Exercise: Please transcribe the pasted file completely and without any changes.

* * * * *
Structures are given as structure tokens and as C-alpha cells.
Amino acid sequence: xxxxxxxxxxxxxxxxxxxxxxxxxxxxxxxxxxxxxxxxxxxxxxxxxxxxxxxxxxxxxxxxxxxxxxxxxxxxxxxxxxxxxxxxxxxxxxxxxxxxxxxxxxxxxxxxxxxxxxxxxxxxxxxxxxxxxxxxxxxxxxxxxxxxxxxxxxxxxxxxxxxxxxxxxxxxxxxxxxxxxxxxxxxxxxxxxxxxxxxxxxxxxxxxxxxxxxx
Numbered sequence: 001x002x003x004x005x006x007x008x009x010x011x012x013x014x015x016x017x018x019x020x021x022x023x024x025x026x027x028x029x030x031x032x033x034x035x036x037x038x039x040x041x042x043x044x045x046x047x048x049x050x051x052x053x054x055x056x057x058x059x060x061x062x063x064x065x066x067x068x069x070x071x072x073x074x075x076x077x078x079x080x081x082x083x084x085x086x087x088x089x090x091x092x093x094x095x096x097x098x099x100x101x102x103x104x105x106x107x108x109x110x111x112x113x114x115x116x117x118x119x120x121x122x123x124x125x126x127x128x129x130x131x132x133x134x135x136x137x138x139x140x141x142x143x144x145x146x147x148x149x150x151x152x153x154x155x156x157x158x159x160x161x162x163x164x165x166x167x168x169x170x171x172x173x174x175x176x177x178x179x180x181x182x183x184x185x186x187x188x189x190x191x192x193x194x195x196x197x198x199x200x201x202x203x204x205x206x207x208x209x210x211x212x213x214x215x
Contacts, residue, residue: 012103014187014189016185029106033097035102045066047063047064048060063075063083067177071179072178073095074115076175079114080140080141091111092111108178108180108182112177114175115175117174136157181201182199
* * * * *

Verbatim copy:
Structures are given as structure tokens and as C-alpha cells.
Amino acid sequence: xxxxxxxxxxxxxxxxxxxxxxxxxxxxxxxxxxxxxxxxxxxxxxxxxxxxxxxxxxxxxxxxxxxxxxxxxxxxxxxxxxxxxxxxxxxxxxxxxxxxxxxxxxxxxxxxxxxxxxxxxxxxxxxxxxxxxxxxxxxxxxxxxxxxxxxxxxxxxxxxxxxxxxxxxxxxxxxxxxxxxxxxxxxxxxxxxxxxxxxxxxxxxxxxxxxxxxx
Numbered sequence: 001x002x003x004x005x006x007x008x009x010x011x012x013x014x015x016x017x018x019x020x021x022x023x024x025x026x027x028x029x030x031x032x033x034x035x036x037x038x039x040x041x042x043x044x045x046x047x048x049x050x051x052x053x054x055x056x057x058x059x060x061x062x063x064x065x066x067x068x069x070x071x072x073x074x075x076x077x078x079x080x081x082x083x084x085x086x087x088x089x090x091x092x093x094x095x096x097x098x099x100x101x102x103x104x105x106x107x108x109x110x111x112x113x114x115x116x117x118x119x120x121x122x123x124x125x126x127x128x129x130x131x132x133x134x135x136x137x138x139x140x141x142x143x144x145x146x147x148x149x150x151x152x153x154x155x156x157x158x159x160x161x162x163x164x165x166x167x168x169x170x171x172x173x174x175x176x177x178x179x180x181x182x183x184x185x186x187x188x189x190x191x192x193x194x195x196x197x198x199x200x201x202x203x204x205x206x207x208x209x210x211x212x213x214x215x
Contacts, residue, residue: 012103014187014189016185029106033097035102045066047063047064048060063075063083067177071179072178073095074115076175079114080140080141091111092111108178108180108182112177114175115175117174136157181201182199